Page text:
* On December 11, 2000, a hydraulic leak crippled an engine; a previously undiscovered error in the aircraft's control software caused it to decelerate each time in response to the pilot's eight attempts to reset the software to compensate for the dead engine, and the plane fell 1,600 feet into a forest, killing all four aboard.

Adding to the program's problems, the Osprey squadron commander at New River, Lieutenant Colonel Odin Lieberman, was recorded by a crew member telling his crew they needed to falsify maintenance records to make the plane appear more reliable, saying "We need to lie or manipulate the data, or however you wanna call it".

On December 12, 2000, the Osprey was grounded indefinitely. The Pentagon gave the project two years grace before cancellation. A staff shakeup led to the appointment of Air Force colonel Craig Olsen as program manager and Ken Baile as assistant chief engineer, and a new focus on eliminating problems, rather than reaching paper milestones.

The Osprey completed its final operational evaluation (OPEVAL) in June 2005. The OPEVAL was extremely successful; events included long range deployments, high altitude, desert and shipboard operations. It is claimed that problems identified in all of these mishaps have been addressed by the V-22 program office and advocates of the program are optimistic that the aircraft is mature enough for fleet operations. Critics state that the aircraft will never be mature enough for fundamental design flaws and that the V-22 is inherently dangerous because of its flawed side-by-side rotor design, although in-line tandem rotor CH-46 and CH-47 helicopters have been operational for over 30 years.

On June 3, 2005, the United States Marine Corps helicopter squadron, HMM-263, was stood down to begin the process of transitioning to the MV-22 Osprey, and reactivated March 3, 2006 as the first MV-22 squadron, re-designated VMM-263.

On September 28, 2005, the Pentagon formally approved full-rate production for the Osprey. The current plan is to boost production from 11 a year to 24 to 48 a year by 2012. Planned production quantities include 360 for the Marine Corps, 48 for the Navy, 50 for the Air Force. The US Army, originally the lead service for the then-named JVX program, is also a candidate for possible applications.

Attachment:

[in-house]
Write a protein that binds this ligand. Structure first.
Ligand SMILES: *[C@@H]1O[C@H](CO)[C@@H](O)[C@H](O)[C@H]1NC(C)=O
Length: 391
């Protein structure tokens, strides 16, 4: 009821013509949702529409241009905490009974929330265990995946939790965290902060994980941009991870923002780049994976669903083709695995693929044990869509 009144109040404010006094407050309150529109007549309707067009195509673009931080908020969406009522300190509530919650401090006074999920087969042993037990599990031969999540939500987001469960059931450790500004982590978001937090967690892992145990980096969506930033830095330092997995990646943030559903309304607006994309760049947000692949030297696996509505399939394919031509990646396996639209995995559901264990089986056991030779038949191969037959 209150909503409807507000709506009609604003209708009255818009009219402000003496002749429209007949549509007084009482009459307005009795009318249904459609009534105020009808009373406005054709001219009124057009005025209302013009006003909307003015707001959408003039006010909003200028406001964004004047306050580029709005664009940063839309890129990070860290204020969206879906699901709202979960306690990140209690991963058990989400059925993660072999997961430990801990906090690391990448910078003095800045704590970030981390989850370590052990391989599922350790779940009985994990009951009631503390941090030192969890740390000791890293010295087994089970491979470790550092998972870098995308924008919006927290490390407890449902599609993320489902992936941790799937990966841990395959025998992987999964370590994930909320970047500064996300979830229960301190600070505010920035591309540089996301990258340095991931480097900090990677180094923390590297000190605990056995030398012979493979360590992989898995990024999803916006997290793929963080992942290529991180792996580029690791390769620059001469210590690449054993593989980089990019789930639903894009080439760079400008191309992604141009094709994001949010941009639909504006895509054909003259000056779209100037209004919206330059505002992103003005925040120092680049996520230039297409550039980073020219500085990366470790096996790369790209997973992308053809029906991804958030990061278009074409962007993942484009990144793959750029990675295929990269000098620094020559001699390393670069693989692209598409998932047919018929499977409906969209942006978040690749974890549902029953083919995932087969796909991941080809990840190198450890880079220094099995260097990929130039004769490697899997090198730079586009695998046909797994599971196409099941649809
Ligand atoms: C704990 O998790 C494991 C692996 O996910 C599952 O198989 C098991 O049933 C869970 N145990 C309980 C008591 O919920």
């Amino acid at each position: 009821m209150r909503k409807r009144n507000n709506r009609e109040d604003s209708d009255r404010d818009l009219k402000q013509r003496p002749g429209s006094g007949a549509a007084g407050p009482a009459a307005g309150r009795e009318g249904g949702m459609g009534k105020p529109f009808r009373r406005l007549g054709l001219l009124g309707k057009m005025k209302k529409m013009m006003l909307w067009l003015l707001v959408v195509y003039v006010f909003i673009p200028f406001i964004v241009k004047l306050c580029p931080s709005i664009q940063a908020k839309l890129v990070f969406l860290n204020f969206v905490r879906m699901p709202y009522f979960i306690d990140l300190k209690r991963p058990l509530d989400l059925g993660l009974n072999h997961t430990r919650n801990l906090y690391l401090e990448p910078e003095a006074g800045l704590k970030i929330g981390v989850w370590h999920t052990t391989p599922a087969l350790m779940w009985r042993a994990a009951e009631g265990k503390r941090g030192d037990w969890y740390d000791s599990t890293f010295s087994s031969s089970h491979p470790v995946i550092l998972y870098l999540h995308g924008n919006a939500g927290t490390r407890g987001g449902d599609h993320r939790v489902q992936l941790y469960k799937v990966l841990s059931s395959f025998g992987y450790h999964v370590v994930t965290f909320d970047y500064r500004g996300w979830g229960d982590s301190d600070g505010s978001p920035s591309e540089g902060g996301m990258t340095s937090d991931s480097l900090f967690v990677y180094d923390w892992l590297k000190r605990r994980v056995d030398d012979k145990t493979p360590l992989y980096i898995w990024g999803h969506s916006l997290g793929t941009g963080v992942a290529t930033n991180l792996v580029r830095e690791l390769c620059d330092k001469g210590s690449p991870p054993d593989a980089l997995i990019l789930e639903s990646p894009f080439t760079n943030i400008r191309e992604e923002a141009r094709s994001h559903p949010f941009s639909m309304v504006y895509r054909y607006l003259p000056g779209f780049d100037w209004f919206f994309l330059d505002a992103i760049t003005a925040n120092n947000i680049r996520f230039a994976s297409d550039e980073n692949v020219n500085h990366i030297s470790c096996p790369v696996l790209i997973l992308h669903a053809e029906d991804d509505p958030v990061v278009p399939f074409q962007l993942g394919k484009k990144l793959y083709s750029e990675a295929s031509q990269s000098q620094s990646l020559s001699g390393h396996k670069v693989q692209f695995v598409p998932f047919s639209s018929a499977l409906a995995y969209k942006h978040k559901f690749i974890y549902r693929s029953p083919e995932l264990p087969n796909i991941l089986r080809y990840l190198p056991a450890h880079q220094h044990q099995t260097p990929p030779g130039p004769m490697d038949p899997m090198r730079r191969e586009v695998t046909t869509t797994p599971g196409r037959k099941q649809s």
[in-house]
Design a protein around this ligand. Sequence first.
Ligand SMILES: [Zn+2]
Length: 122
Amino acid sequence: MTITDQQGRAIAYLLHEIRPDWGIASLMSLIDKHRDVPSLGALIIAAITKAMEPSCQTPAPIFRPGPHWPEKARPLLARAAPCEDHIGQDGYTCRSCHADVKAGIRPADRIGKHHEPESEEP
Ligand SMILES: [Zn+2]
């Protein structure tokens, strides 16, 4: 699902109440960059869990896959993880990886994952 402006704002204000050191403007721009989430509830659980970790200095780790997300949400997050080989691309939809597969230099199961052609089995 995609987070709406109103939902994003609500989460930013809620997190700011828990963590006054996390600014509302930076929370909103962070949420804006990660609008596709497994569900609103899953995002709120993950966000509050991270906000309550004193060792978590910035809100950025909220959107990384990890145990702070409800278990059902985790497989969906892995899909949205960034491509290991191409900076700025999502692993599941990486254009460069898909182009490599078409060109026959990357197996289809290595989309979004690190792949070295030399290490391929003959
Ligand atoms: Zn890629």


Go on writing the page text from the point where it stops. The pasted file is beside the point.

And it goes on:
On December 8, LtGen Amos, the commanding general of the 2nd Marine Expeditionary Force, accepted the delivery of the first fleet of MV-22s. This aircraft is being delivered to HMM-263; the former helicopter squadron is currently undergoing transition training. The Osprey will enter operational service with the Marine Corps in 2007.

On December 12, 2005, the Pentagon announced that the procurement budget for the USMC V-22's would be reduced by $1.1 billion over the production run. The plans for the USAF were unaffected.

On July 8, 2006, the Pentagon announced plans to buy two new V-22's within the 2007 military budget outlined by President George W. Bush and his cabinet.

At Royal International Air Tattoo (RIAT) of 2006 the V-22 Osprey flew for the first time in the UK.

Israel has shown interest in the purchase of an undisclosed number of MV-22's, but an official order has not been placed or approved.

Plans of using it in Iraq in 2007 has been revealed by the manufacturer Boeing

General characteristics

* Crew: 3
* Capacity: 24 troops
* Length: 57 ft 4 in (17.5 m)
* Rotor diameter: 38 ft 0 in (11.6 m)
* Wingspan: 46 ft in ( m)
* Height: 17 ft 11 in (5.5 m)
* Disc area: 9,100 ft² (840 m²)
* Wing area: ft² ( m²)
* Empty weight: 33,140 lb (15,032 kg)
* Loaded weight: 47,500 lb (21,500 kg)
* Max takeoff weight: 60,500 lb (27,400 kg)
* Powerplant: 2× Rolls-Royce AE 1107C-Liberty turboshafts, 6,150 hp (4,590 kW) each


* Maximum speed: 275 knots (316 mph, 509 km/h)
* Cruise speed: 214 knots (246 mph, 396 km/h) at sea level[6]
* Combat radius: 370 nm (430 mi, 690 km)
* Ferry range: 2,417 nm (2,781 mi, 4,476 km)
* Unrefueled range: 879 nm (1,011 mi, 1,627 km)
* Service ceiling: 26,000 ft (7,925 m)
* Rate of climb: 2,320 ft/min (11.8 m/s)
* Disc loading: 5.2 lb/ft² (26 kg/m²)
* Power/mass: 0.259 hp/lb (427 W/kg)Permission is granted to copy, distribute and/or modify this document under the terms of the GNU Free Documentation License, Version 1.2 or any later version published by the Free Software Foundation; with no Invariant Sections, with no Front-Cover Texts, and with no Back-Cover Texts.
Virtual Magic is a human knowledge database blog. Text Based On Information From Wikipedia, Under The GNU Free Documentation License. Copyright (c) 2007 Virtual Magic. Permission is granted to copy, distribute and/or modify this document under the terms of the GNU Free Documentation License, Version 1.1 or any later version published by the Free Software Foundation; with no Invariant Sections, no Front-Cover Texts and no Back-Cover Texts. A copy of the license is included in the section entitled "GNU Free Documentation License".

Links to this post:

Create a Link

<< Home